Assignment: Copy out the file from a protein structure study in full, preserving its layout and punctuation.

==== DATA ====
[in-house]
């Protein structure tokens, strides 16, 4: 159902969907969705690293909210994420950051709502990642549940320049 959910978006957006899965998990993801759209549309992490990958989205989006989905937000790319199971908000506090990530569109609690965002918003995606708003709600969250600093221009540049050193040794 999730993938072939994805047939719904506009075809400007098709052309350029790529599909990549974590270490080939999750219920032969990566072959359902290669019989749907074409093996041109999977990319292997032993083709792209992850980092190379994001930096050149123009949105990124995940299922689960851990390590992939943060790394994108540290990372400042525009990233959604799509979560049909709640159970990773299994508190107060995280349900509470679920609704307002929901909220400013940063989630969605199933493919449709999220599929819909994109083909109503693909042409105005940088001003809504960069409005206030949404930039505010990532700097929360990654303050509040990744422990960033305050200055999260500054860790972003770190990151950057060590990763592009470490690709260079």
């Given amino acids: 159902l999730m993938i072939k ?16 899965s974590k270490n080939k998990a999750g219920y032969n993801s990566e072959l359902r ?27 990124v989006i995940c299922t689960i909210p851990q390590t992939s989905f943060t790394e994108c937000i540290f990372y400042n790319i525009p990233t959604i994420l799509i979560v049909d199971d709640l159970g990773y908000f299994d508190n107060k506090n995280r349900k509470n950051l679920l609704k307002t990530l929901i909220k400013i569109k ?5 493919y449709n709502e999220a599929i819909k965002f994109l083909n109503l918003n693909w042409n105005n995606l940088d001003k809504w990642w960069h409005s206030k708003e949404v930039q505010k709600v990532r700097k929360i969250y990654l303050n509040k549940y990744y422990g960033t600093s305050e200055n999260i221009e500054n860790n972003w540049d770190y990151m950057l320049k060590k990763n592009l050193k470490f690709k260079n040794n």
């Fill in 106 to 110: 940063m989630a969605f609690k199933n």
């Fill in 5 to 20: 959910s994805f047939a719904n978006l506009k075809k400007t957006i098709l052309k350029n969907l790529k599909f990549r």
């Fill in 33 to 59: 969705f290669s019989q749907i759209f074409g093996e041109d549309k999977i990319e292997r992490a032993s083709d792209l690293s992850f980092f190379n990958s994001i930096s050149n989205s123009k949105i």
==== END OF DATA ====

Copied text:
[in-house]
């Protein structure tokens, strides 16, 4: 159902969907969705690293909210994420950051709502990642549940320049 959910978006957006899965998990993801759209549309992490990958989205989006989905937000790319199971908000506090990530569109609690965002918003995606708003709600969250600093221009540049050193040794 999730993938072939994805047939719904506009075809400007098709052309350029790529599909990549974590270490080939999750219920032969990566072959359902290669019989749907074409093996041109999977990319292997032993083709792209992850980092190379994001930096050149123009949105990124995940299922689960851990390590992939943060790394994108540290990372400042525009990233959604799509979560049909709640159970990773299994508190107060995280349900509470679920609704307002929901909220400013940063989630969605199933493919449709999220599929819909994109083909109503693909042409105005940088001003809504960069409005206030949404930039505010990532700097929360990654303050509040990744422990960033305050200055999260500054860790972003770190990151950057060590990763592009470490690709260079």
């Given amino acids: 159902l999730m993938i072939k ?16 899965s974590k270490n080939k998990a999750g219920y032969n993801s990566e072959l359902r ?27 990124v989006i995940c299922t689960i909210p851990q390590t992939s989905f943060t790394e994108c937000i540290f990372y400042n790319i525009p990233t959604i994420l799509i979560v049909d199971d709640l159970g990773y908000f299994d508190n107060k506090n995280r349900k509470n950051l679920l609704k307002t990530l929901i909220k400013i569109k ?5 493919y449709n709502e999220a599929i819909k965002f994109l083909n109503l918003n693909w042409n105005n995606l940088d001003k809504w990642w960069h409005s206030k708003e949404v930039q505010k709600v990532r700097k929360i969250y990654l303050n509040k549940y990744y422990g960033t600093s305050e200055n999260i221009e500054n860790n972003w540049d770190y990151m950057l320049k060590k990763n592009l050193k470490f690709k260079n040794n």
């Fill in 106 to 110: 940063m989630a969605f609690k199933n």
């Fill in 5 to 20: 959910s994805f047939a719904n978006l506009k075809k400007t957006i098709l052309k350029n969907l790529k599909f990549r």
């Fill in 33 to 59: 969705f290669s019989q749907i759209f074409g093996e041109d549309k999977i990319e292997r992490a032993s083709d792209l690293s992850f980092f190379n990958s994001i930096s050149n989205s123009k949105i």